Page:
Six Clues it's Time to Move in Denver
The seven-year-itch is a actual thing--the National Board of Realtors says that the normal American family moves every seven years. So, if you've resided in your home awhile and are feeling like relocating, ask yourself these questions to sort out if a move could be on the horizon in Denver.
Do You Require Extra Space?
Growing families tend to expand in many directions, not just numbers. As your toddlers turn into tweens and teens, not only do they get bigger, the possessions they need multiplies--a pair of soccer shoes and some shin guards turns into a bag of balls, shoes for every surface and a goal in the front yard. If your kids play hockey or football, all that gear needs its own area--preferably close to the laundry. And, you've likely found that spending all your relaxation time in the family room streaming the most popular teenage movie on Netflix is not always what you would like, and you would enjoy a grown-up space where you can control the remote.
Are You Empty Nesting?
When the fledglings have flown, and you are roving around in a big empty house that you've got to maintain, it's time to give thought to downsizing--free up your money and your time with a cozy house or even a condo. These days, even quaint towns have over-55 communities that are like summer camp for parents, where you own your house but have your maintenance provided, dining, social and fitness amenities and the choice to move into managed care when the time comes.
Are There Beneficial Opportunities in a Different Community?
Economic recoveries are not created equal, and if your area has not yet found the benefits of a better job market, then a move to a city with more and better opportunities could make financial sense. While uprooting your family can be tough, the gains of a better job with higher wage far outweigh the emotional turbulence of a relocation. If your career is in decent shape but the cost of living in your town or neighborhood is skyrocketing, a local move is something to think about. In many communities, higher real estate prices lead to bigger stickers everywhere from the gas station to the plumber, and property re-evaluations seldom lead to lower taxes.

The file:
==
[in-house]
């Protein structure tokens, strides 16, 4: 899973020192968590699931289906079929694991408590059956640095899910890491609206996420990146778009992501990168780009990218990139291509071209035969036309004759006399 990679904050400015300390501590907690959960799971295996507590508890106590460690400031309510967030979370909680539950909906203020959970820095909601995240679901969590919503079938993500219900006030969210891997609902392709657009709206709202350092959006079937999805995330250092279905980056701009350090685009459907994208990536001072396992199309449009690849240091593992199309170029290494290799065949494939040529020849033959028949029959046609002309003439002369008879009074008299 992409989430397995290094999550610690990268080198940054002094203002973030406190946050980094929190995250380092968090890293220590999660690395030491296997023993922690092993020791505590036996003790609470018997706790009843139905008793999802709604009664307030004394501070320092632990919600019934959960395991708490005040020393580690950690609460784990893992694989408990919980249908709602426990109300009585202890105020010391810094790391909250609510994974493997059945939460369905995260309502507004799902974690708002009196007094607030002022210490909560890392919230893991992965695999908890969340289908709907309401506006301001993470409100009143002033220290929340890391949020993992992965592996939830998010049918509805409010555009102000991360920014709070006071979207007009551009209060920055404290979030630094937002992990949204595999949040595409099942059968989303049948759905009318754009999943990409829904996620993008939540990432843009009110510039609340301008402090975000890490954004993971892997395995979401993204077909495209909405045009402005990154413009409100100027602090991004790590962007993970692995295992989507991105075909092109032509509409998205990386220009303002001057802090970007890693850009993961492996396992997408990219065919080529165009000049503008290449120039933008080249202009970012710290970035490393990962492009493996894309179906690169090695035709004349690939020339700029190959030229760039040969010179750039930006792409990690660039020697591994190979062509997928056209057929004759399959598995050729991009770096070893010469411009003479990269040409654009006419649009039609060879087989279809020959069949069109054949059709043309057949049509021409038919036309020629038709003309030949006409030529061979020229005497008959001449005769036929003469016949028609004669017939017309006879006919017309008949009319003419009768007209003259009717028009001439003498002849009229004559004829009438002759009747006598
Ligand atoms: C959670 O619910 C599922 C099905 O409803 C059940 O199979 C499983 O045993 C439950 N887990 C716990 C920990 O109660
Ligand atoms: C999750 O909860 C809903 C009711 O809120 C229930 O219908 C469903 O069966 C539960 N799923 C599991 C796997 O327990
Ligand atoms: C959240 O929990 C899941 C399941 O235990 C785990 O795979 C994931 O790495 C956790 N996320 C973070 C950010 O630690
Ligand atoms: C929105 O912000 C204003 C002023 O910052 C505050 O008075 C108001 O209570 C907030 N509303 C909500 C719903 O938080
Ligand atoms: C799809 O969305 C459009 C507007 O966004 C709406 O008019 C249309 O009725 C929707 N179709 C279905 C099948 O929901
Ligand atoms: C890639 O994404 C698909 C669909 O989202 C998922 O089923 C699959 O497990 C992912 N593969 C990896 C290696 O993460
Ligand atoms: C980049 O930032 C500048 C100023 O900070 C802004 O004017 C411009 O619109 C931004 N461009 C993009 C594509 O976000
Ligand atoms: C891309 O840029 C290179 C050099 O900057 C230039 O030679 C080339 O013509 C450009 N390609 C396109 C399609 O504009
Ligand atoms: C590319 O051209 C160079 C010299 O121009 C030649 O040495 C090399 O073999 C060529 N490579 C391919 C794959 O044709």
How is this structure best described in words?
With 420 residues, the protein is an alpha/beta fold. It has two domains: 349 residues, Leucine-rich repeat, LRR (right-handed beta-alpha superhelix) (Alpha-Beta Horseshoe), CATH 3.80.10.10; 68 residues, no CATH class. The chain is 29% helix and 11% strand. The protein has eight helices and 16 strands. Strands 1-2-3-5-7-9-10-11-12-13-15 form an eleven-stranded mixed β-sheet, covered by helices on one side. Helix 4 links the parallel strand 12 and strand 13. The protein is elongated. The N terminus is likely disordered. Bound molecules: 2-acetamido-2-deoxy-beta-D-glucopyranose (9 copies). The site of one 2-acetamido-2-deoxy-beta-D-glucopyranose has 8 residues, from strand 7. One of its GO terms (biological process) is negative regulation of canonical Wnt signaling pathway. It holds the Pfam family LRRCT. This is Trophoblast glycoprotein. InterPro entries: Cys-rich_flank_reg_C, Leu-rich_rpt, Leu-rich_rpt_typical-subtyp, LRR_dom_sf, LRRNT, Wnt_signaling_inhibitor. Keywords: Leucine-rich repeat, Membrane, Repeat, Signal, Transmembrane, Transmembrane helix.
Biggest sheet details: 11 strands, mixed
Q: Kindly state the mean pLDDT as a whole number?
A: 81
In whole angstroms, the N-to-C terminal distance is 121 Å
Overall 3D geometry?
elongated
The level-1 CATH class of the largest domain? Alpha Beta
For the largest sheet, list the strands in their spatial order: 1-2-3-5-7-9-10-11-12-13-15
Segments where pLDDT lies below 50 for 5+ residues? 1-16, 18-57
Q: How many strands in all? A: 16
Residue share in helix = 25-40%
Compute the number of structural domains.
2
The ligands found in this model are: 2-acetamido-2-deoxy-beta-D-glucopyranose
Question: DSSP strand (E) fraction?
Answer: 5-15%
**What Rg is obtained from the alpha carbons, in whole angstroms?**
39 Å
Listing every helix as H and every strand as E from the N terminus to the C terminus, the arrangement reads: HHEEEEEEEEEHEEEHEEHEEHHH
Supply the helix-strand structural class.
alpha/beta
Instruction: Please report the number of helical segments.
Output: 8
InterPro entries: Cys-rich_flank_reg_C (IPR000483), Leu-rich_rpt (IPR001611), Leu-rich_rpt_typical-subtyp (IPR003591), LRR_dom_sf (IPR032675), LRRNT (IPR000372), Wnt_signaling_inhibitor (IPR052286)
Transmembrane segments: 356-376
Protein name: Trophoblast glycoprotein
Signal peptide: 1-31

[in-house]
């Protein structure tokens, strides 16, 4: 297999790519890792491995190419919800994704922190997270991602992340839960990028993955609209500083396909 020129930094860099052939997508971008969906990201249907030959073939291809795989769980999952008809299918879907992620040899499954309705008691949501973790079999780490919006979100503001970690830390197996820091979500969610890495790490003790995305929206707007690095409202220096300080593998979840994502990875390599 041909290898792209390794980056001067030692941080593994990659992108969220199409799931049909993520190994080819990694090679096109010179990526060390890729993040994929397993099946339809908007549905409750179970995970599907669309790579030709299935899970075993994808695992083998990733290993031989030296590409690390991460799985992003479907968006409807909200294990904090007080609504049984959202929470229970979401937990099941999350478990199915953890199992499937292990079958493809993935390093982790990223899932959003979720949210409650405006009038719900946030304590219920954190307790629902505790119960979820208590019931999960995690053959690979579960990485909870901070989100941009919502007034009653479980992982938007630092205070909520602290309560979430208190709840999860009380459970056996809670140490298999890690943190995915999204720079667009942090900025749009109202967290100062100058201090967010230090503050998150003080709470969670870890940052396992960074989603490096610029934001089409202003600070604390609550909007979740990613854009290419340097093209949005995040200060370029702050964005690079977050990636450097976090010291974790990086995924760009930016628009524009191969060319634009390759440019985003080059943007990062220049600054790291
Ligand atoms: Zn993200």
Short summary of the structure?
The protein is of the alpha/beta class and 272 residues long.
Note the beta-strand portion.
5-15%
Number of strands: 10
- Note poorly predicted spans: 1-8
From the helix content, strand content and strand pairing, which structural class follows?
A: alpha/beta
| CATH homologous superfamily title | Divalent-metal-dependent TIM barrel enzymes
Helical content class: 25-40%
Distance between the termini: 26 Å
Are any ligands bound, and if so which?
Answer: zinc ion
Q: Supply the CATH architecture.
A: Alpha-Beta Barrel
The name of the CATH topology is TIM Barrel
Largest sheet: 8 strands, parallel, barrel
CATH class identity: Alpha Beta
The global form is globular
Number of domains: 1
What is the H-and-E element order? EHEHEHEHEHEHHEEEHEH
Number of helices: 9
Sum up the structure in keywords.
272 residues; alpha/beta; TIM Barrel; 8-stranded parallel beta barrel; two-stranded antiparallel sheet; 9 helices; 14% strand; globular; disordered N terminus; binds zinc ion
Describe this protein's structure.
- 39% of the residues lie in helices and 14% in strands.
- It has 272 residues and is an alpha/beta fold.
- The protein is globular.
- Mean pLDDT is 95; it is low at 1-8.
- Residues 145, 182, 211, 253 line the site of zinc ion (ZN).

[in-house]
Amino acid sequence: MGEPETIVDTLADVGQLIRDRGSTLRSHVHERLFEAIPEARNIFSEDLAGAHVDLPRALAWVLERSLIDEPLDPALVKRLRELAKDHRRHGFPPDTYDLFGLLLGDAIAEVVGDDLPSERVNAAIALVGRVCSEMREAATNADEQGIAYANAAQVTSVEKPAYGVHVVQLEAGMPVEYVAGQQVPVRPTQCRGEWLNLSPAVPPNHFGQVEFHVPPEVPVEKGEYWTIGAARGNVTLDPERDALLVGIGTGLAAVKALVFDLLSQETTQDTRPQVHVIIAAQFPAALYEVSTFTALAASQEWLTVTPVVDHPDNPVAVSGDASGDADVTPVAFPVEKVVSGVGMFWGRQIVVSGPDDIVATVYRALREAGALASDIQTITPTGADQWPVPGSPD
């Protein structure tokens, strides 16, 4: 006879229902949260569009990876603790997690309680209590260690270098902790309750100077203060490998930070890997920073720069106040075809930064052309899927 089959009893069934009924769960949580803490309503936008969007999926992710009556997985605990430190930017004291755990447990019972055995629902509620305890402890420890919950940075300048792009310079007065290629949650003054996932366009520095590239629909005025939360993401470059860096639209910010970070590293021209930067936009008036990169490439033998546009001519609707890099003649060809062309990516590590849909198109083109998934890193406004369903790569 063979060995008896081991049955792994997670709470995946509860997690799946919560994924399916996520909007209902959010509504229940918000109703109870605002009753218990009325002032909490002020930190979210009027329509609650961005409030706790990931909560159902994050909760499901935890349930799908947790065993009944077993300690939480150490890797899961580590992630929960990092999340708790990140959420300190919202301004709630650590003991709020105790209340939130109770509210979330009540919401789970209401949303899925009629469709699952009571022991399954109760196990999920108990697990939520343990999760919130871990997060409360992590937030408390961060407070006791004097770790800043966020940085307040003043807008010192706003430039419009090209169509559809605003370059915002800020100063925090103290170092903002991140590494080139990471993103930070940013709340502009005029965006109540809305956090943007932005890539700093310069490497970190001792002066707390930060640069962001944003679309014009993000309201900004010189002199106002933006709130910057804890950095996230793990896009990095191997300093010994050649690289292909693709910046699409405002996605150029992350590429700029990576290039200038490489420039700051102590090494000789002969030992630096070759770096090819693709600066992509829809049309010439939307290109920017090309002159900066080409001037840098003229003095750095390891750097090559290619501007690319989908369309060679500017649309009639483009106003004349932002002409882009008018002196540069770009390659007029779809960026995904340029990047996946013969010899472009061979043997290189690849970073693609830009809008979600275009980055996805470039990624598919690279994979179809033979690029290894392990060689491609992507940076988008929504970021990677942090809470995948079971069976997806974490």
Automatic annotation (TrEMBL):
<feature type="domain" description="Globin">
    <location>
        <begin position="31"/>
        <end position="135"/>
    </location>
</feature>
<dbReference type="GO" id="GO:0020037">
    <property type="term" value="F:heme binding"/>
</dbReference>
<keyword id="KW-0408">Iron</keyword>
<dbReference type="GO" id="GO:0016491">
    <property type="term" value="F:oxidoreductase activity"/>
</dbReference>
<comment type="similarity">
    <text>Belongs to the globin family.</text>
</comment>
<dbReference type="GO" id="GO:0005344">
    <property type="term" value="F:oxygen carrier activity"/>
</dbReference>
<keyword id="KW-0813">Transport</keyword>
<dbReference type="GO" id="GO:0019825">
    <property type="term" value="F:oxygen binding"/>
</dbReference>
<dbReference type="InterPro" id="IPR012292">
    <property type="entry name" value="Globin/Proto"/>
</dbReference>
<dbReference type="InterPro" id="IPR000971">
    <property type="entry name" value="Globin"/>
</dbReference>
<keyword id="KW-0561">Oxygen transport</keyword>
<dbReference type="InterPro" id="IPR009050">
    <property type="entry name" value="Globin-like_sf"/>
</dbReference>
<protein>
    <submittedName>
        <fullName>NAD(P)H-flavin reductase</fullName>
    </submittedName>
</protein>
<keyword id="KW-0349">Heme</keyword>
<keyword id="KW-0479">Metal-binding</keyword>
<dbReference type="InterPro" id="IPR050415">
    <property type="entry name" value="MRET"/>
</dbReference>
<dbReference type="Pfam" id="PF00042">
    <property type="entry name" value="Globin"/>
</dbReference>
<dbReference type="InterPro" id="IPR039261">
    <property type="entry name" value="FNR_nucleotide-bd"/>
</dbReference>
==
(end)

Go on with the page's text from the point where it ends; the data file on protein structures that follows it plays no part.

Are You Safe and Secure in Your House?
The opposite of the real estate boom is the bust that is still having an effect on families all over the country. There are innumerable formerly upscale housing additions that have experienced lots of foreclosures, and homes are now rentals in the best-case scenario or left vacant at worst. If this characterizes your neighborhood, and you're concerned about the transient turn, it's time to move to a new residence. There's nothing more imperative than your family's security, and a change would give everyone peace of mind.
Do You Want to Be Closer to Family?
If you find yourself leaving town to be with family each vacation, maybe a move to where the family is would be something to think about. Particularly if your family is close-knit or you want your parents to play larger role in your children's lives, a relocation closer to home gives you an ongoing relationship instead of one that is sporadic. You'll get to vacation in new and exciting places, and your kids will see more of the world than the locale where you grew up, charming though it may be.
Just Want Different Scenery?
This is where the seven-year itch comes in. Sometimes, you just want a new abode. Your tastes change, your hobbies change, and one day you wake up and conclude you want a horse farm or an outdoor kitchen or you want to breed koi. It's all about living your dream, and if that means a new home, a new town or a new part of the country, go for it. Americans are always on the move, so if that is appealing to you then find a realtor and a mover, and scratch the itch.
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